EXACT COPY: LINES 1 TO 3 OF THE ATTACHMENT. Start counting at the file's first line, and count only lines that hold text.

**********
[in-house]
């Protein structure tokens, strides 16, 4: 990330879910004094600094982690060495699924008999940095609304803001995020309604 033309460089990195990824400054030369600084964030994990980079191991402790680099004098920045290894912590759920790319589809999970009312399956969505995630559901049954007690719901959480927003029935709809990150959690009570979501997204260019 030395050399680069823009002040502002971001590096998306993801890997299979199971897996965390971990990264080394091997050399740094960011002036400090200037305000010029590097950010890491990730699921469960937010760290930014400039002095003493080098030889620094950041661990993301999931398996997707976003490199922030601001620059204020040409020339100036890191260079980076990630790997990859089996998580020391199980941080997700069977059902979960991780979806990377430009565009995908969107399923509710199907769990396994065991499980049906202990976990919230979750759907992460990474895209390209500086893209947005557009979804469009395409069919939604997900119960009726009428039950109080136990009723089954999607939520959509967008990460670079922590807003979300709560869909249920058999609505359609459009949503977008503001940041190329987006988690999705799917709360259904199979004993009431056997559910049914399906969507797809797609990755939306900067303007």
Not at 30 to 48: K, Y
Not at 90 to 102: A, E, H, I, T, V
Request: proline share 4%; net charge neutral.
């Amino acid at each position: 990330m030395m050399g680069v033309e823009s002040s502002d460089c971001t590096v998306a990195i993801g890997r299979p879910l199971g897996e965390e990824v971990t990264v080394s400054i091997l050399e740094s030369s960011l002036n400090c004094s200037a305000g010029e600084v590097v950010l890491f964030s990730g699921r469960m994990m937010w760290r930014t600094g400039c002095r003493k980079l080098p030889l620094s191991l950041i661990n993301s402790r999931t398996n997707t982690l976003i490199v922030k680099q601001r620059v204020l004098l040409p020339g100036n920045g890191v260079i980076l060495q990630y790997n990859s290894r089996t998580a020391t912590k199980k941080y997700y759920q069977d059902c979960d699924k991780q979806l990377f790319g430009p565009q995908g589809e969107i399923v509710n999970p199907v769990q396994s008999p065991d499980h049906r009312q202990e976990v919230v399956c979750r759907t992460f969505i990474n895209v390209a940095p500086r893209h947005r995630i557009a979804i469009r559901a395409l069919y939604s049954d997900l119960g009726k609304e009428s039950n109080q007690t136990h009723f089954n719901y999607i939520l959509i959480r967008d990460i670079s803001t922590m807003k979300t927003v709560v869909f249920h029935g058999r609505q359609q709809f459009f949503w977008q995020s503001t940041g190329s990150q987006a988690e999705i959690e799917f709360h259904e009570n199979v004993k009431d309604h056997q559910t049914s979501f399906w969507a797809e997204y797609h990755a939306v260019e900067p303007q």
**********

[in-house]
């Protein structure tokens, strides 16, 4: 990330879910004094600094982690060495699924008999940095609304803001995020309604 033309460089990195990824400054030369600084964030994990980079191991402790680099004098920045290894912590759920790319589809999970009312399956969505995630559901049954007690719901959480927003029935709809990150959690009570979501997204260019 030395050399680069823009002040502002971001590096998306993801890997299979199971897996965390971990990264080394091997050399740094960011002036400090200037305000010029590097950010890491990730699921469960937010760290930014400039002095003493080098030889620094950041661990993301999931398996997707976003490199922030601001620059204020040409020339100036890191260079980076990630790997990859089996998580020391199980941080997700069977059902979960991780979806990377430009565009995908969107399923509710199907769990396994065991499980049906202990976990919230979750759907992460990474895209390209500086893209947005557009979804469009395409069919939604997900119960009726009428039950109080136990009723089954999607939520959509967008990460670079922590807003979300709560869909249920058999609505359609459009949503977008503001940041190329987006988690999705799917709360259904199979004993009431056997559910049914399906969507797809797609990755939306900067303007």
Not at 30 to 48: K, Y